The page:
Degraded Willow Wetland in Big Meadows

Within the Klamath Mountains and throughout the West one can find large, one-half acre and larger dense stands of willows along streams and over wetlands. Large, dense willow stands shade streams, protect the wetlands beneath and provide breeding habitat for Willow flycatchers,  Lazuli buntings, Yellow warblers and other birds. Unfortunately, cattle, elk, and deer all …

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Black Meadows Fragmented Willow Stands

While sheep and even goats are grazed on our public lands, most public land grazing in Northern California is by cattle. When cattle are not herded regularly to provide a respite from grazing by rotating the herd among the various meadows that provide forage, the herd will find a location within the grazing allotment which …

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Another Trashed Spring

By the end of 2014 volunteers with the Project to Reform Public Land Grazing had monitored conditions on 13 grazing allotments within the Klamath and Rogue-Siskiyou National Forests. Some of these areas have been monitored for 5 years. A grazing allotment is an area of national forest land which the Forest Service has designated for …

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Cattle Manure in Taylor Lake

Taylor Lake is a popular recreation site within Northern California’s Russian Peak Wilderness. It is the only wilderness lake on the Klamath National Forest which has wheelchair trail access. Only one-half mile from the trailhead, Taylor Lake was also a popular swimming and picnic site for families. Years ago, taxpayer funds paid for a new …

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Degraded Riparian Area in Stones Valley

This photo shows willows along a stream in Stones Valley in the Klamath National Forest’s Marble Mountain Wilderness. Stones Valley’s wet meadows are one of the headwaters of Grider Creek, a key salmon stream which enters the Klamath River near the town of Seiad Valley. To get to the tender grass along headwater streams, cattle …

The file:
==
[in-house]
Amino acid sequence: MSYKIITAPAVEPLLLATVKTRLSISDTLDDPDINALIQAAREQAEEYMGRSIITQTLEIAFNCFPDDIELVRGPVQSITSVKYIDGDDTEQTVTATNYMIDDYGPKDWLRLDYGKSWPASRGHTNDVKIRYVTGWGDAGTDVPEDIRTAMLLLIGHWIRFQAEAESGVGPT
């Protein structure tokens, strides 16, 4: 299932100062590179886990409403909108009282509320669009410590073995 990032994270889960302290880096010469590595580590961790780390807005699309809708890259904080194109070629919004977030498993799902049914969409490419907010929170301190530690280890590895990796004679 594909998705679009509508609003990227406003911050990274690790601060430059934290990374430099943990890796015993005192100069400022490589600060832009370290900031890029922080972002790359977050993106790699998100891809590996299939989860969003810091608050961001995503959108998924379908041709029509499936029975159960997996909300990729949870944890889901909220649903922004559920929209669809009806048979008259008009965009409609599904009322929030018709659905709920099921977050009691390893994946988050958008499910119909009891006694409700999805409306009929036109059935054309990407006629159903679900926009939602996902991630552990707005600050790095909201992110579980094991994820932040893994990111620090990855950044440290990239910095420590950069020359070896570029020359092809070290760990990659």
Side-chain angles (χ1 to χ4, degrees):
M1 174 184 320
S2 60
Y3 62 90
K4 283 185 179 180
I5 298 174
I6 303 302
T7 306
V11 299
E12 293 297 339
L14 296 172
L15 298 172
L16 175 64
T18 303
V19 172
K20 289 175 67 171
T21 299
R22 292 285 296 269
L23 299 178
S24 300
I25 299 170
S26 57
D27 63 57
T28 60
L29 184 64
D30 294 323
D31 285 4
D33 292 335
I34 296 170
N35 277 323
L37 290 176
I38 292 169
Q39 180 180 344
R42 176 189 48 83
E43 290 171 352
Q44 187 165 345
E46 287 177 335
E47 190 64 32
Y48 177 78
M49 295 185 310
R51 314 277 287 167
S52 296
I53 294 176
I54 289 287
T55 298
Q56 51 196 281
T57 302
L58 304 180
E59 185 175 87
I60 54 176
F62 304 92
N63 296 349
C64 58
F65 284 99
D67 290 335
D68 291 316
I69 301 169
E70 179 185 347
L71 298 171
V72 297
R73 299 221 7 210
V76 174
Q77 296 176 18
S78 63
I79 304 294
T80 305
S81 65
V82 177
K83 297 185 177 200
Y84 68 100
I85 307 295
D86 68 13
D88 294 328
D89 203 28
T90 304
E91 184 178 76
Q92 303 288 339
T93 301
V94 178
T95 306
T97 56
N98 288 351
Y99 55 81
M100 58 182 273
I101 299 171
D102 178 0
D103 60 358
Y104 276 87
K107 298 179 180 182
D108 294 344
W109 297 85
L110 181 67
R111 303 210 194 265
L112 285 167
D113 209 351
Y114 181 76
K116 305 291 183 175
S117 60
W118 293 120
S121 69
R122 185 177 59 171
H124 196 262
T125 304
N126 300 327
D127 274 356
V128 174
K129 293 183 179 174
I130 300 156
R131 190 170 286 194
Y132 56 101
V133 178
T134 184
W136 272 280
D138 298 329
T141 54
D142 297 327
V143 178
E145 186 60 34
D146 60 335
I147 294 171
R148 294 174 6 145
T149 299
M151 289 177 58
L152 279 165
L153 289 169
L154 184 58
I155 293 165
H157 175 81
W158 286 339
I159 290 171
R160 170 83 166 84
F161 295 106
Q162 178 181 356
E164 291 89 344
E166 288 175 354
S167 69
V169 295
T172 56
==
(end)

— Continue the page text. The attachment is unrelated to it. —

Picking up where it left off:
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WHAT'S NEW

Siskiyou Crest Grazing Report

Documenting grazing-caused degradation on portions of the Klamath and Rogue River-Siskiyou National Forests.

Carter Meadows Grazing Report

Documenting grazing-caused degradation within the Trinity Alps Wilderness

Since its inception in 2009, The Project to Reform Public Land grazing in Northern California has utilized volunteers and interns to monitor grazing on-the-ground within Northern California wilderness and other public lands. All on-the-ground monitoring, including monitoring conducted by Project staff, is 100% volunteer. If you can carry a pack and hike off-trail, you can monitor how grazing is managed on Northern California's public lands. And, with a little bit of training and support, you can monitor and document the negative results of poorly managed public land grazing on your own or with friends. Learn more about how you can get involved at this link.

You can help reform the manner in which livestock grazing is managed on our public lands. The "Get Involved" link above links to a page presenting several ways you can get involved as a volunteer or monitoring public land grazing on your own or with friends. There is also a link by which you can also help with a donation in support of the Project's work. This link will take you to the donation page for the Environmental Protection Information Center; EPIC is one of three organizations sponsoring the Project. Please be sure to note that your donation is for the Grazing Reform Project. We will use all donations to advance our #1 objective: Assuring that public land grazing in Northern California is either managed properly and responsibly or ended.

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